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Dark, Strange Books by Women in Translation [BTBA 2020]

This week’s Best Translated Book Award post is from Pierce Alquist, who has a MA in Publishing and Writing from Emerson College and currently works in publishing in Boston. She is a freelance book critic, writer, and Book Riot contributor. She is also the Communications Coordinator for the Transnational Literature Series at Brookline Booksmith, an author events series that focuses on migration, exile, and displacement with an emphasis on works in translation. She can be found on Twitter @PierceAlquist and on Book Riot.

There are few things I love more than a dark, strange book and my reading for the judging this year has provided me with such delightfully weird and unsettling books by women in translation that I couldn’t help but share them with my fucked-up fellows! And I know there are even more that I still need to read so please send your recs my way and stay dark, weirdos.

Flowers of Mold by Ha Seong-Nan, translated by Janet Hong (Open Letter)

“If you’re looking for a book that will make you gasp out loud, you’ve found it.” So says Kirkus Reviews and dozens of other publications and reviewers who can’t stop talking about Flowers of Mold, myself included. Unnerving, haunting, captivating, these ten stories follow ordinary characters going about their lives—they have a nightmare, lend their neighbor a spatula, or find out their landlord wants to sell their building. But something disturbing lies just below the surface. One small crack and everything’s unleashed. “The latest in the trend of brilliant female Korean authors to appear in English, Ha cuts like a surgeon, and even the most mundane objects become menacing and unfamiliar under her scalpel.”

 

 

All My Goodbyes by Mariana Dimópulos, translated by Alice Whitmore (Transit Books)

In striking fragments that shift between time and place, All My Goodbyes follows a young Argentinian woman and her “repeated acts of departure.” She leaves places. She leaves people. Ultimately, she thinks she’s found a home in the southernmost region of Patagonia, a place to stay, but it’s not to be. In the midst of archiving all of her goodbyes, her departures, we also have violent murders that haunt her story from the first page. A propulsive, restless force kept me glued to this novel and I read it in one sitting.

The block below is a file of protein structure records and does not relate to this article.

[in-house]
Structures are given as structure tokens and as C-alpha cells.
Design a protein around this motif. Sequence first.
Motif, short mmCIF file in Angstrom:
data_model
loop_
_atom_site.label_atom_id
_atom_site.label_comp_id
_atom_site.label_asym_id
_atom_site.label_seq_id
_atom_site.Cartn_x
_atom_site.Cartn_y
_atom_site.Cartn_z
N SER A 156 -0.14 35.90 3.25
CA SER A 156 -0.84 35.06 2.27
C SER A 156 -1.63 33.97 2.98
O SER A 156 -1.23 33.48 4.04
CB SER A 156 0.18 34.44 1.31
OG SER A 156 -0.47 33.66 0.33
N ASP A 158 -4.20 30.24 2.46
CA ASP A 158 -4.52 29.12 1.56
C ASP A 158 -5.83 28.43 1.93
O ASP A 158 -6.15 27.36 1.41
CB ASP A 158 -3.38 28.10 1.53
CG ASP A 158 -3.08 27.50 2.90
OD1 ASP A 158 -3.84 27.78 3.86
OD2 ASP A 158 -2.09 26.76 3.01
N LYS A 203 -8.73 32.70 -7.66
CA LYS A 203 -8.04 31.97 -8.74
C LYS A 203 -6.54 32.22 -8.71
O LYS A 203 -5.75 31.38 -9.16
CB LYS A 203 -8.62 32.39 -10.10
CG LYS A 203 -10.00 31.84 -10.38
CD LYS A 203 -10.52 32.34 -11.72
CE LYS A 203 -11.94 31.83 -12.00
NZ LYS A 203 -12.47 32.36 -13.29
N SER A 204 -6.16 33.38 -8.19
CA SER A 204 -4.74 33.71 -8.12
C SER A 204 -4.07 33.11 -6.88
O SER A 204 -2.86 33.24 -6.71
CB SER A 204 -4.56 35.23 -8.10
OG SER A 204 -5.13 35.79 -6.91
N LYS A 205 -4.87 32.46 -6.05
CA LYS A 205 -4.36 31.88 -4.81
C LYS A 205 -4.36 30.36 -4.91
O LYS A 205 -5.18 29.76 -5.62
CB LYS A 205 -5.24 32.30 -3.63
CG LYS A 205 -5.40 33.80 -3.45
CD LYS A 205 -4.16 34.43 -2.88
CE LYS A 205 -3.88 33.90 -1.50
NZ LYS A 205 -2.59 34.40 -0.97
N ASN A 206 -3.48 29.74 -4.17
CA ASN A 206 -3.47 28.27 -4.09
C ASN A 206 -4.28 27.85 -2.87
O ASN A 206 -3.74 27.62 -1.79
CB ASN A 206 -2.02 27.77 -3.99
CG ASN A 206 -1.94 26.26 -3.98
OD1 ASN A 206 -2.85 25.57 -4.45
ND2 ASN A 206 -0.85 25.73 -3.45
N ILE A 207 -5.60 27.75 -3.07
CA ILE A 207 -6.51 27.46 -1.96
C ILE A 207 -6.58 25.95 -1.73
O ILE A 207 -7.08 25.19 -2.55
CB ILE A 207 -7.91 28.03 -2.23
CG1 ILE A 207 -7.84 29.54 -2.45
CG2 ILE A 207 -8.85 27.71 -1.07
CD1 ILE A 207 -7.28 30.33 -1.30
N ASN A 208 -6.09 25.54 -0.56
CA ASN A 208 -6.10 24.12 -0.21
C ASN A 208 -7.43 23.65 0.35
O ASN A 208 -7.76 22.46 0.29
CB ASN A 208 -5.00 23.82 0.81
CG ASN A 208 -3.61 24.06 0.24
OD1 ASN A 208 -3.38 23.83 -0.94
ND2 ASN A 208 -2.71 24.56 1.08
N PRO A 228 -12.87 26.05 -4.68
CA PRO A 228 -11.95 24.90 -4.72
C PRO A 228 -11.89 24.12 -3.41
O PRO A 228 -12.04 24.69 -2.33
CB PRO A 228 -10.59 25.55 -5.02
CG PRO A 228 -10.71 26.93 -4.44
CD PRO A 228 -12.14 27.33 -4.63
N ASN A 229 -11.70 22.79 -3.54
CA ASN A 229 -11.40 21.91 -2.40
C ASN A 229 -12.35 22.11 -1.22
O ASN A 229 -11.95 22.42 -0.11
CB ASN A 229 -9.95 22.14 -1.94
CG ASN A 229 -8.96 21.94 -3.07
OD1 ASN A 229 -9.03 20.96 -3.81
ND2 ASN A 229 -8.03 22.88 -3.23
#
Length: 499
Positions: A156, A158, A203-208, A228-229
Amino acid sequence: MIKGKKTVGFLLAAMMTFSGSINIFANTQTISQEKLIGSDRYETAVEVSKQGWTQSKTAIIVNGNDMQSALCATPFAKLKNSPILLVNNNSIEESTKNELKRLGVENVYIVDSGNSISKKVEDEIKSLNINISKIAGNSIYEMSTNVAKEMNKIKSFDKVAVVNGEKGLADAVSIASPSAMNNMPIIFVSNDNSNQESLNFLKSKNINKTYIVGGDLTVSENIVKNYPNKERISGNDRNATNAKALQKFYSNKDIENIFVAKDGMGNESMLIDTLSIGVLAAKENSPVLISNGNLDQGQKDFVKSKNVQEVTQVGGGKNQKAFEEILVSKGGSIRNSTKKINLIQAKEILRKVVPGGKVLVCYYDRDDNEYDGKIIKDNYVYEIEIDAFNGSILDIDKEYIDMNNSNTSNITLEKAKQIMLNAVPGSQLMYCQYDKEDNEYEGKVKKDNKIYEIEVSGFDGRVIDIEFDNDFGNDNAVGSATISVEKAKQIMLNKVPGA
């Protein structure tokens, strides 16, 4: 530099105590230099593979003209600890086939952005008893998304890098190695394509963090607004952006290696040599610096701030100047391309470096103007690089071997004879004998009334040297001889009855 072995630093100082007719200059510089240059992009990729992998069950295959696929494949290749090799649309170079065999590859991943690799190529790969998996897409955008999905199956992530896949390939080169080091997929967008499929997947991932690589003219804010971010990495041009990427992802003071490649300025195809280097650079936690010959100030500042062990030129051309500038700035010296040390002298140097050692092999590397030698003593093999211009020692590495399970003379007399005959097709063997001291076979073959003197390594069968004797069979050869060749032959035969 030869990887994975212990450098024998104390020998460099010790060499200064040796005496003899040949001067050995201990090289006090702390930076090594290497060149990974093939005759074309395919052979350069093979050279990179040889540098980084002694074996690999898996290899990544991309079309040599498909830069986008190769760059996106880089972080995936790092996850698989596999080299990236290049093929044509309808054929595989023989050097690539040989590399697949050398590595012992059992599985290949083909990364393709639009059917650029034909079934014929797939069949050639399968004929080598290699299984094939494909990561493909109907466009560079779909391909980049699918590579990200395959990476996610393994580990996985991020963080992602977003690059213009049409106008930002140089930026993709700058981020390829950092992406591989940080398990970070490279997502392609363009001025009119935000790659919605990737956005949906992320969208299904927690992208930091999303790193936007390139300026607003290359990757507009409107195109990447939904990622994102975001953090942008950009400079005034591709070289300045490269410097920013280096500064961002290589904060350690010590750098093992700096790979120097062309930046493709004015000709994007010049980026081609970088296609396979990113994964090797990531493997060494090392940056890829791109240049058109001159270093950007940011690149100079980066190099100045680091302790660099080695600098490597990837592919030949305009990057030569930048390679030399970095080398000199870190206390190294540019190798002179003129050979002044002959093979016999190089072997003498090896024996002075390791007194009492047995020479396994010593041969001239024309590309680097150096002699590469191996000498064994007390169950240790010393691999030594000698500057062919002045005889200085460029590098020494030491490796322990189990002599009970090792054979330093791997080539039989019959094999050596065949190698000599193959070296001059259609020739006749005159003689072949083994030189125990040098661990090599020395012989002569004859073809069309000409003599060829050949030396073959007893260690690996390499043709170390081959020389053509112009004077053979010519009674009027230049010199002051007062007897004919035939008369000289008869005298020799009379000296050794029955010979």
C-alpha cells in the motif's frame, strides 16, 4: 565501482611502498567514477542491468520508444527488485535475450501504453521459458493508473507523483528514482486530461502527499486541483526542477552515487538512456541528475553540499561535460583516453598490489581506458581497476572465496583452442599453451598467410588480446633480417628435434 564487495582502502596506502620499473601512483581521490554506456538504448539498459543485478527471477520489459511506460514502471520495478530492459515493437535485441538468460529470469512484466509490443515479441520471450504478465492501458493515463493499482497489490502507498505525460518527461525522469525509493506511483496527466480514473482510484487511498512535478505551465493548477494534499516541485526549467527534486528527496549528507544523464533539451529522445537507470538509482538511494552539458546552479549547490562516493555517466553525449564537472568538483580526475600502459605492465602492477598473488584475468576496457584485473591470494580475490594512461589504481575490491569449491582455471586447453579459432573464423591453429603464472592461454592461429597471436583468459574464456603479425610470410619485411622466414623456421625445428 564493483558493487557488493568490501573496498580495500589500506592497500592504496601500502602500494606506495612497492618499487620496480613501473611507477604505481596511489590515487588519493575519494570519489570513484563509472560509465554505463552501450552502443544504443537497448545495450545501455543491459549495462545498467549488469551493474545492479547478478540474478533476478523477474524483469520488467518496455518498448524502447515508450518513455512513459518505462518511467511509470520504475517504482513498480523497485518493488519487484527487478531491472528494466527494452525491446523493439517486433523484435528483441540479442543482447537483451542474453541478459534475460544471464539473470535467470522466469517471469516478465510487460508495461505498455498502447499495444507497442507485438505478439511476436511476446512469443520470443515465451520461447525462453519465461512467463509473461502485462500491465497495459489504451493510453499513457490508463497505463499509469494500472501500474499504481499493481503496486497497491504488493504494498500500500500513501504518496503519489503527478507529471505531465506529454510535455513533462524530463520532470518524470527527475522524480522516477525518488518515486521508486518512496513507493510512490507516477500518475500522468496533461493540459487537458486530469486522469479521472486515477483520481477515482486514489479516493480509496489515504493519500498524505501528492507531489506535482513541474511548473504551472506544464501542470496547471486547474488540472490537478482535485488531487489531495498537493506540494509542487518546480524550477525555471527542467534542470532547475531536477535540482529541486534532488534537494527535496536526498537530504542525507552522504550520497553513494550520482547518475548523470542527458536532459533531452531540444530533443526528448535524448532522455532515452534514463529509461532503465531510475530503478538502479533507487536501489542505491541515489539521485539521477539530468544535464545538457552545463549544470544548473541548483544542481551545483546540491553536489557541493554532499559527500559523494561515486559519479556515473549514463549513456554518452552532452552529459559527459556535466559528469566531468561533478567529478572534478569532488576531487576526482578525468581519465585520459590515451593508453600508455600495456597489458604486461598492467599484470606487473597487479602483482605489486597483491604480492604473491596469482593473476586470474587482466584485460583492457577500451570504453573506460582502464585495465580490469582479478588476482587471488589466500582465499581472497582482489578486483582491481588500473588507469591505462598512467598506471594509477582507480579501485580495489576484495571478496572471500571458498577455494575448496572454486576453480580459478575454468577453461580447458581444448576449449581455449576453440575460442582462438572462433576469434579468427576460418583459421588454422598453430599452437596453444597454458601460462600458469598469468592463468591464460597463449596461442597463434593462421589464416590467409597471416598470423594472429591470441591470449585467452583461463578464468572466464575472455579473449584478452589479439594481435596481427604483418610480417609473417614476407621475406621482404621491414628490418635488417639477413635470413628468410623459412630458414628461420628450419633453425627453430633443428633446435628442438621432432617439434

The Remainder by Alia Trabucco Zerán, translated by Sophie Hughes (Coffee House)

Iquela and Felipe are two friends, living in the legacy of Chile’s dictatorship, when Paloma, an old acquaintance, comes to Santiago to repatriate and bury her mother. Ash rains down from the sky from a nearby volcanic eruption, grounding flights all over the country. When Paloma’s mother’s coffin ends up lost in transit, the three friends borrow a hearse (as you do) and journey through the mountains to get her. Intense and haunting, The Remainder is a startling reckoning with the history of violence. It’s a novel of unforgettable imagery: Felipe wandering the streets of Santiago counting the dead, the three friends drinking in the hearse, and the ash falling and mixing in with the snow in the mountains. I’ll be thinking about this one for a long time to come.

 

Forgotten Journey by Silvina Ocampo, translated by Suzanne Jill Levine and Katie Lateef-Jan (City Lights)

“Silvina Ocampo is one of our best writers. Her stories have no equal in our literature” wrote Jorge Luis Borges and now for the first time in English translation, readers can delight in all of the strange brilliance that is Silvina Ocampo’s first collection of stories, Forgotten Journey. Published alongside her novella The Promise, this collection is primarily concerned with the lives of young women and girls. Often menacing and strange, each story has a thrill to it, a dark joy that keeps you fixed to the collection. In her foreword, Carmen Boullosa writes of the often cited comparison between Ocampo and Julio Cortázar but argues instead that, “While in his fabulous stories Cortázar discovered the unreal in everyday life, Silvina enters real, detailed, intimate spaces, which she observes with an eye that is intimate, real and detailed, and yet an eye from another world.”

Mouthful of Birds: Stories by Samanta Schweblin, translated by Megan McDowell (Riverhead)  

Samanta Schweblin, author of the literary sensation Fever Dream, returns with her first short story collection translated into English. Like Fever Dream, I was struck by the elusive, almost unsatisfactory nature of the stories. Some are strikingly short. Others are carefully crafted to confound. All leave you wanting more and thinking about them long after. Strange and fantastic, dark and disturbing, the stories in Mouthful of Birds are sure to please fans of Schweblin’s uniquely unsettling style.

 

 



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